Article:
In the mid-1980s, when Margaret Thatcher's policies were in full swing, one woman marched tirelessly in solidarity with the miners' strikes. She was staunchly working class, passionate and politically active.
So why, when I started asking questions as a teenager, did my mother tell me that Thatcherite policies had done a lot for "people like us"?
The answer is complicated, which is difficult to admit. This is because most of us have internalised that simple idea put forward moments after her death: that Thatcher was 'loved and loathed in equal measure'.
She was the Marmite of the political world.
Undoubtedly, Thatcher got the ball rolling on a number of serious and persistent problems in society. Her right to buy policy, for example, directly contributed to a council housing shortage and a continuing problem with homelessness.
But, to my mother, this policy also seemed to prove that Maggie looked out for those working class 'strivers' of modern Conservative rhetoric. The right-to-buy policy appeared to give them something that workers had been losing in the preceding decades: social kudos.
It felt like acknowledgement. For a while, this gifted sense of pride would serve as a convenient smokescreen to distract people from the reality of chronic underpayment and disproportionately levied taxes.
Small personal victories would not be enough to overshadow obvious repressive policies, such as those targeted towards the miners and the trade unions.
Young women in the council flats that they now owned began looking to Thatcher as a figure of inspiration, even as she dismissed 'women's libbers', denied the existence of a glass ceiling and professed no desire to change the gender balance in politics.
She had still managed to change something; to play the system to her advantage. This can be best summarised by an afternoon tweet from that marker of British sentiment, Geri Halliwell: "Thinking of our 1st Lady of girl power, Margaret Thatcher, a greengrocer's daughter who taught me anything is possible."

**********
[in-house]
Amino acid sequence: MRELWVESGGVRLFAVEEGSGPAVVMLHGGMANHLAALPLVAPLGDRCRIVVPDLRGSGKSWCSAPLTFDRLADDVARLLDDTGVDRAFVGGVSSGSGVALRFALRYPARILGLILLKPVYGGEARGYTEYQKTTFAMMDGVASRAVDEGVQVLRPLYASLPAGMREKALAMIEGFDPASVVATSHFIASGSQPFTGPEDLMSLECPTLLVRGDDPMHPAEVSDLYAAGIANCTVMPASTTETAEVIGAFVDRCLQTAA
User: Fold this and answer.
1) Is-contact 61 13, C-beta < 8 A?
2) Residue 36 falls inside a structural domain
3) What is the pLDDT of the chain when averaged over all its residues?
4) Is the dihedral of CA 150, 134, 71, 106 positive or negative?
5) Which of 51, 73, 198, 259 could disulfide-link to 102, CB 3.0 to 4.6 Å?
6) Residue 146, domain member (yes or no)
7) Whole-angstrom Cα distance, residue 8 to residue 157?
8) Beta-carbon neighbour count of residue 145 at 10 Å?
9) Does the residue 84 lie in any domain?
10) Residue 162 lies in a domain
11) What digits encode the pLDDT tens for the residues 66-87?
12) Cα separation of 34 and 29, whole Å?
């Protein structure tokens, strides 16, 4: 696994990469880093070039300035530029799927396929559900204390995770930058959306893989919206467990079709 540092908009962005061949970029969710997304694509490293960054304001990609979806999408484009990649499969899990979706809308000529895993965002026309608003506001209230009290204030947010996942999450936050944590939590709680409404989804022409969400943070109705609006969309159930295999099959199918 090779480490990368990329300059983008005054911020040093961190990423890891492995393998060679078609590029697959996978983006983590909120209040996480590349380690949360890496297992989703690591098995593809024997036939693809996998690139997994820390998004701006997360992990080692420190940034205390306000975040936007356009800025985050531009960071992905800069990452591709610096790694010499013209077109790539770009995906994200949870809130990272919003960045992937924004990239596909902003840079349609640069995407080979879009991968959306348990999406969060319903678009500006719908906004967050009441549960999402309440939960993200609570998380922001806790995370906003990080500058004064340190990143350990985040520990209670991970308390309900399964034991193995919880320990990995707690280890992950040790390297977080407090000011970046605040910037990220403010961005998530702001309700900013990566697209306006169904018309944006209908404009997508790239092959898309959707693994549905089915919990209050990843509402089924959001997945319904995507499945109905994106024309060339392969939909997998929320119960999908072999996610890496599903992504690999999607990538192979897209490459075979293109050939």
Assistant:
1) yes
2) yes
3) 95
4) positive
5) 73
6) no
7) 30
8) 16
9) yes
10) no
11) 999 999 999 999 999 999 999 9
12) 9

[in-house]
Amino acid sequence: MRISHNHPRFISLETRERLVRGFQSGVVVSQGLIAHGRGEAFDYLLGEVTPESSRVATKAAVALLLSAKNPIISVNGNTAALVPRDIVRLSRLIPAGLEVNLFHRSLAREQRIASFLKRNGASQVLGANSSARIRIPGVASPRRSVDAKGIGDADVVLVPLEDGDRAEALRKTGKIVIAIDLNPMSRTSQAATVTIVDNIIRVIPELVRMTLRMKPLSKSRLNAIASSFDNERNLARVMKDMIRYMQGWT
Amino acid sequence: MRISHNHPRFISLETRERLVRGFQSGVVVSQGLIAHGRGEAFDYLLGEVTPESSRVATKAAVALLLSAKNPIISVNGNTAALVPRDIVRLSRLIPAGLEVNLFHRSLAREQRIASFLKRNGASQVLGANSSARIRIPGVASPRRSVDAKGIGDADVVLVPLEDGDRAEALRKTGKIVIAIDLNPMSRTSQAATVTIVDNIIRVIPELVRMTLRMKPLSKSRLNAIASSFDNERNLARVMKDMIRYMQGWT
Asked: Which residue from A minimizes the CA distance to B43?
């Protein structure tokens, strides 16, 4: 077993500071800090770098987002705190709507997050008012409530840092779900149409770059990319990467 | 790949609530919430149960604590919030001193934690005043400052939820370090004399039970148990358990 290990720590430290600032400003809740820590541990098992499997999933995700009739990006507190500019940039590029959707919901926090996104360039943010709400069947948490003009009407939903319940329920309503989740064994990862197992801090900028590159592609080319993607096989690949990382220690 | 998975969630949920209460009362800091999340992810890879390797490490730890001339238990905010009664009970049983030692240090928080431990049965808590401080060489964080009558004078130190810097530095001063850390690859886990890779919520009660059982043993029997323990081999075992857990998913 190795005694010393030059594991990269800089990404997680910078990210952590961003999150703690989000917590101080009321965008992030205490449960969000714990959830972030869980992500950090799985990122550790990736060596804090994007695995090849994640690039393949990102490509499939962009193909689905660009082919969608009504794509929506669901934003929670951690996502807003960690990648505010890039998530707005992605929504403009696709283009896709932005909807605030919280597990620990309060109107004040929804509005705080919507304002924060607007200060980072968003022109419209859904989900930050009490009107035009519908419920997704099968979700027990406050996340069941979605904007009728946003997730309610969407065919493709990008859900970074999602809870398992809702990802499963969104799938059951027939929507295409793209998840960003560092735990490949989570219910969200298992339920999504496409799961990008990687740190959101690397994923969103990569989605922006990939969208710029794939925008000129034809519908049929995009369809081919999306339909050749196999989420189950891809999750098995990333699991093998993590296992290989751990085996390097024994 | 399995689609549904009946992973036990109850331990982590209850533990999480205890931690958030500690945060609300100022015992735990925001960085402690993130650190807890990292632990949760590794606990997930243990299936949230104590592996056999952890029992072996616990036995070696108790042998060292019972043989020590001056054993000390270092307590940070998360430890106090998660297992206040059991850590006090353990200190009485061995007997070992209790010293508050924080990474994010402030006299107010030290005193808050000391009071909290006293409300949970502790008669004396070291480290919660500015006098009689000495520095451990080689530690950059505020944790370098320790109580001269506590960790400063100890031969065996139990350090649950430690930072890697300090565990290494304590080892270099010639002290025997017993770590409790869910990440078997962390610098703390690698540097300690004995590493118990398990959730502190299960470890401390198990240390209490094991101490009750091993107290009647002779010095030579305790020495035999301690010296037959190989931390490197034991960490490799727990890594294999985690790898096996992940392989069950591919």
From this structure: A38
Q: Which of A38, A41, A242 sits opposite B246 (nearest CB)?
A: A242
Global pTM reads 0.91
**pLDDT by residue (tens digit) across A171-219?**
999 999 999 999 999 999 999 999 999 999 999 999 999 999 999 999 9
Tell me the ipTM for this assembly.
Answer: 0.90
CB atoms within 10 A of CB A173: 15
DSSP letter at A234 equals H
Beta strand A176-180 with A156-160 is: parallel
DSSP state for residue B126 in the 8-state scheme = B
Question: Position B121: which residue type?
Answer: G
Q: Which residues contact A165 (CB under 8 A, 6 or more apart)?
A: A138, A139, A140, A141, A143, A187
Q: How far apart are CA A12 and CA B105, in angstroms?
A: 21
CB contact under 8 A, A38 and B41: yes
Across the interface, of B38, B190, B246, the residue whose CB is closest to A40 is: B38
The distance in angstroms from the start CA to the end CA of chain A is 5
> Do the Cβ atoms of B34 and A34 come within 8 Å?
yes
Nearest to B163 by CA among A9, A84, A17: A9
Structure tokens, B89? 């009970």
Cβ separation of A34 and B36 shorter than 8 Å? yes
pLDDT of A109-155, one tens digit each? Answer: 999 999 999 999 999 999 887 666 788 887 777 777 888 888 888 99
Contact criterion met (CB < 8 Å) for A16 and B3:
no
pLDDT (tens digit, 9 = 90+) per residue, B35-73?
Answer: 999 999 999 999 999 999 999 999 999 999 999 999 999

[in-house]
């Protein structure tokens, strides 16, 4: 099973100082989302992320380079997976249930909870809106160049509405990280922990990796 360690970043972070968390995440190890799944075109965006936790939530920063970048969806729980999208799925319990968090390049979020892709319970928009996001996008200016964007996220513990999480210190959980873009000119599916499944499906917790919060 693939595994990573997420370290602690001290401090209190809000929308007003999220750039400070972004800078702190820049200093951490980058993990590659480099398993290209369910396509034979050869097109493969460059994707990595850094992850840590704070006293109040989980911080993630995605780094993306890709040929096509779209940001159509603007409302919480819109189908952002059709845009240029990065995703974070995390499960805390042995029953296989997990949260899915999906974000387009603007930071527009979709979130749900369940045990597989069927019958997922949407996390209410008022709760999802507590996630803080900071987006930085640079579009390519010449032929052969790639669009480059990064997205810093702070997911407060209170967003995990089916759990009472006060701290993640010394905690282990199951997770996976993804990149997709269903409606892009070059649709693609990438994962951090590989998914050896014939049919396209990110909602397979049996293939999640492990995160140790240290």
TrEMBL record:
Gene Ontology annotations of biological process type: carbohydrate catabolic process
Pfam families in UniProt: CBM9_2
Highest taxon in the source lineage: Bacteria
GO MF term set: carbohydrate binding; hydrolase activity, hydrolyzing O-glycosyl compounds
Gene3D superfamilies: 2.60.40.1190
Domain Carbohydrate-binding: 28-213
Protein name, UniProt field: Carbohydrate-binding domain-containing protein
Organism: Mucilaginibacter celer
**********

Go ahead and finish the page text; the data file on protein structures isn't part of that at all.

It's doubtful that Thatcher would have found these words heartwarming. "There is no society," she once stated, "only individual men and women and families."
This position was manifest in everything she did; from tearing down communities, to dismantling nationalised industries, to refusing to appoint more than a single, solitary woman to her Cabinet. Her business was business (with perhaps a side-order of warmongering).
As far as people went, her position was built around a total lack of empathy. She refused to be a role-model, because of her sex, or background. Among her often-ruthless policies, many working-class women couldn't help but admire that attitude.
Now, in the aftermath of her death, we can hope to step back and see Margaret Thatcher for what she really was.
There should be no shame in professing that her legacy is decidedly ambiguous; she may not have cared, but her very existence changed the face of British politics. It challenged enough entrenched attitudes to make a difference to people – particularly young girls. Perhaps she would be turning in her grave if she knew that – considering her disdain for the women who'd 'unreasonably' expected her support and the poor, in particular.
But, then again, the Lady's not for turning.